We decide to stay in a carpark in the city (Parking Puenet Remedois) for a few days whilst we explore. The car park is gated, manned and secure and there are several motorhome already here, its about 10 Euros for 24 hours but it doesn’t have any services, but its in walking distance to the city. The sun is shinning and I’m afraid to say gives us a false sense of warmth. We head into town in t-shirts carrying our light weight jackets. As soon as were inside the city the buildings hide the sun and its freezing. The main street is a bustle of people, cyclists, cars and the tram and heading in different directions, its very busy and you need to ensure you know what your doing or you will be run of by either a pushbike, car or even worse the tram.
We walk around for a while trying to keep warm when we come across one of the Free Walking Tours that are on offer around the city. Its about to start so we join in along with another english couple. Our guide is Ana an English speaking history student. The tour is free, but you ‘tip’ whatever you want. The tour was around the Jewish quarter of the City and Ana was very good at explaining the history and showing us parts of the city we wouldn’t have found wondering around on our own. This lasts for over an hour and we would highly recommend doing the walking tours if you come to Seville.
We decided that we would treat ourselves to a meal out and find a lovely restaurant in the backstreets of the city that has something on the menu for Keith’s delicate taste buds. This unfortunately turned out to not be as great as I had hoped as we could see and hear the food being heated up in the microwave on the other side of the bar. We ventured into the main street where the Christmas lights were in full display and a musical light show of the huge Christmas baubles takes place every 30 minutes and attracts huge crowds.
Thursday we venture out on our pushangs, as yesterday we are fooled by the sun and don’t have enough clothes on and have to keep cycling to keep warm. We decide to come back to the van at lunchtime to put on more clothes, scarves and gloves. We cycle 12km along the river and around the out skirts of the city and its now so hot we have to start removing our layers of coats, jumpers, scarves and gloves as its just to warm, just can’t get it right. I ended up being the casualty of the day, I must learn how to do a ‘wheelie’ up onto a deep pavement before attempting to do this in a crowded street, crash, bang, one sore hand, elbow and hip.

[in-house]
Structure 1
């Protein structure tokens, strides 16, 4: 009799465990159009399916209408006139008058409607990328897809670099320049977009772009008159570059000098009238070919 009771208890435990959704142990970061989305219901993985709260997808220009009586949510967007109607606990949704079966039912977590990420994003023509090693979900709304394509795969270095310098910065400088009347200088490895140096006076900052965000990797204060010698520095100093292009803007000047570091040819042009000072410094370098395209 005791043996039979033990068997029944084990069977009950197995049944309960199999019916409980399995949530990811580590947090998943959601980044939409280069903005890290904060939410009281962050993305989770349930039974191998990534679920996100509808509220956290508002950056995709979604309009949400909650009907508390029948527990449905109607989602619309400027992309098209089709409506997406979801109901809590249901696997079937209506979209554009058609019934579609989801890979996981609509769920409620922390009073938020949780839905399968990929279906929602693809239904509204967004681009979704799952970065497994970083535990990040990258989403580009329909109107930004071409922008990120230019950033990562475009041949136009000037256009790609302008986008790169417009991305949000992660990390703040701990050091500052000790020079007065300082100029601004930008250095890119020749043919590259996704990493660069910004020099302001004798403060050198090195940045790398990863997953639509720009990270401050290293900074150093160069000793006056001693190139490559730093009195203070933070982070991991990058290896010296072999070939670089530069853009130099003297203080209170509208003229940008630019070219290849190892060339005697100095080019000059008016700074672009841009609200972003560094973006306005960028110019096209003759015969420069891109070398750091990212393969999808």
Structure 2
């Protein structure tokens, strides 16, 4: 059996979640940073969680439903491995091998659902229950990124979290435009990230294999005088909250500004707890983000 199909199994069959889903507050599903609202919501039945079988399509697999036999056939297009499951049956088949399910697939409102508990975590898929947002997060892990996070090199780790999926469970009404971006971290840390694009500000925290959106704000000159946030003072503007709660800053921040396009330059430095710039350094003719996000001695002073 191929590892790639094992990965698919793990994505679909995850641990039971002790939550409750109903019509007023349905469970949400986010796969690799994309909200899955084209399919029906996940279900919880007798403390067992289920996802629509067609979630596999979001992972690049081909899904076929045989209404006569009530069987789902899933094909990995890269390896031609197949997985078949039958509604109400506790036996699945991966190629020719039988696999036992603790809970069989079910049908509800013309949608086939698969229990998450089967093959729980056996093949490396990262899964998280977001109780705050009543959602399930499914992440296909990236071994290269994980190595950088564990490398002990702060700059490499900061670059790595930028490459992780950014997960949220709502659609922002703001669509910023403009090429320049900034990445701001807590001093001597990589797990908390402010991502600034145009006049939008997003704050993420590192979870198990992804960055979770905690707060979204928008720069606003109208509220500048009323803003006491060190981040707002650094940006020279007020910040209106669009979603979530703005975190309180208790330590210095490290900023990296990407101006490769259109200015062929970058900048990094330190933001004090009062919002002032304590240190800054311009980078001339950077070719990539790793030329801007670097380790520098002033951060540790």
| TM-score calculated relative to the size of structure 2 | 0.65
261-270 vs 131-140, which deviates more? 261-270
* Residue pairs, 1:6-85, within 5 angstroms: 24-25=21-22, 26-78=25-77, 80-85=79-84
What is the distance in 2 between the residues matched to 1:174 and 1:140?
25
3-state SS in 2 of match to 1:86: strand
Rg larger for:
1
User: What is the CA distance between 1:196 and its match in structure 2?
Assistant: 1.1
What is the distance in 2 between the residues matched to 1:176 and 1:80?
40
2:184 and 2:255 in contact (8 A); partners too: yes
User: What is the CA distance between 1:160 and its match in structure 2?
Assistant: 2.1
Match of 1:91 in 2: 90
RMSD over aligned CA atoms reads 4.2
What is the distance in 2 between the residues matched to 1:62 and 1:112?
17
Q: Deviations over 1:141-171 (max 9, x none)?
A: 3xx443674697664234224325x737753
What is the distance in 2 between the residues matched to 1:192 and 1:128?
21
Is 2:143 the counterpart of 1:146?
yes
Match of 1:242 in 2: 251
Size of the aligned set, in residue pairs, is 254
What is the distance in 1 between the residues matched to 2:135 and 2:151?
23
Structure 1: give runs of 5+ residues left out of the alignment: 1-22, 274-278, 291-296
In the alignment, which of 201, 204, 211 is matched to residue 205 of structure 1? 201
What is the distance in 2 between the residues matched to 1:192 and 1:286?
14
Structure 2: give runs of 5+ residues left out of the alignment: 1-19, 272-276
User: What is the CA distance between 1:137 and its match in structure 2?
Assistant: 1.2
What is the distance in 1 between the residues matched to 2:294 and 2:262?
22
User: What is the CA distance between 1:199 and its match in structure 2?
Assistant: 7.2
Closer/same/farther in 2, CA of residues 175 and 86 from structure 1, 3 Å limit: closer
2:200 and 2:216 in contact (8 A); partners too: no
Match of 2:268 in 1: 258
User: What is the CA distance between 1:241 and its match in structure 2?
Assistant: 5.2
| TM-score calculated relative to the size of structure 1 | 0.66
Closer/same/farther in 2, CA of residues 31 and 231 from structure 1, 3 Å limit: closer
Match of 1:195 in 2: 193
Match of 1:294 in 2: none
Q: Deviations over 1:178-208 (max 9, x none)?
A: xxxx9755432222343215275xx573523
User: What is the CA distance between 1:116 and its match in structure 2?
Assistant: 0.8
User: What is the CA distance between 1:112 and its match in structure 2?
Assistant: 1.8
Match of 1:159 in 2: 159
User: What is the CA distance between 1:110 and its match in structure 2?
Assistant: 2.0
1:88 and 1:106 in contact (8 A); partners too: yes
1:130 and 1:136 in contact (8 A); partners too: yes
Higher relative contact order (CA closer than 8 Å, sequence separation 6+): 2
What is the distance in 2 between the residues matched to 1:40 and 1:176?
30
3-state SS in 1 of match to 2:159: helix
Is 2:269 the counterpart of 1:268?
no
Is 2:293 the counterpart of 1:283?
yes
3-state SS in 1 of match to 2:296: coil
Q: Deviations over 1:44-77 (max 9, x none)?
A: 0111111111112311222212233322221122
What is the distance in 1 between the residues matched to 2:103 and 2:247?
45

We stop to have a coffee whilst watching the crowds doing their Christmas shopping. Lesson learnt, look at the price of a coffee before you drink it. Drink you coffee at the bar 1.60 euro, sit inside the cafe 1.80 euro, sit outside in the freezing cold with an umbrella heater 2.95 euro!!!!
Tomorrow we head further south towards Algeciras to hopefully work out how to catch the ferry to Morocco in a few days.
We had a good first week and so far so good.
Summary of our first week.
We’ve (well Keith has) done a lot of driving since we set off. Wizzing through France and Spain because these are countries that we can easily explore when we get back to having the ‘normal holiday’.
We’ve driven through some amazing scenery but trying to capture this in a photograph through the windscreen of a van or trying to take it with the window down travelling at 80 miles an hour is not the easiest, thought I was going to loose the camera.
Getting used to living in such a small space has its challenges. Everything has a place and needs to be put back in the same place, or you’ll never find it again.
We have a shower on board although it’s a little small it does the job, although washing my hair, shampoo and conditioner has to be done as quickly as possible so I don’t use all the hot water before Keith gets in. Hair washing limited to once a week now!
Sleeping:- We’ve managed to get enough sleep in our tin box even with the hail, rain and being near the motorway hopefully as the weeks and months pass we will get used to the different noises.
We bought with us a two ring electric hob to use when we are hooked up to the electricity so we could save on our gas. After the first day this went in the bin, 30 minutes to boil a pan of eggs. We’ve now purchased a single ring halogen hob and hopefully this will do better. We also need to rethink about cooking in the gas oven it just hasn’t got enough heat, so for now it will continue to be used as an extra storage cupboard. Must remember to take the fire alarm down when cooking, every time it does off!
Toilet:- Someone has to empty this, so we try to time our ‘activities’ with a stop off at the garage or cafe. Living in close quarters and after 30 years of marriage not sure we’ll get used to cooking with the other sitting in the toilet less than a foot away lol.
Spending: trying to keep to a budget of £1,000 per month. We had released that we would exceed our budget in the first month, more fuel getting down south and basically getting used to not spending as we want.
Eating out (coffee, beer, meals out):-£62.68
Incidentals (new hob) £75.87
Thanks so far for all your comments and we’re really glad that you’ve decided to tag along with us.
a la perchoine xxx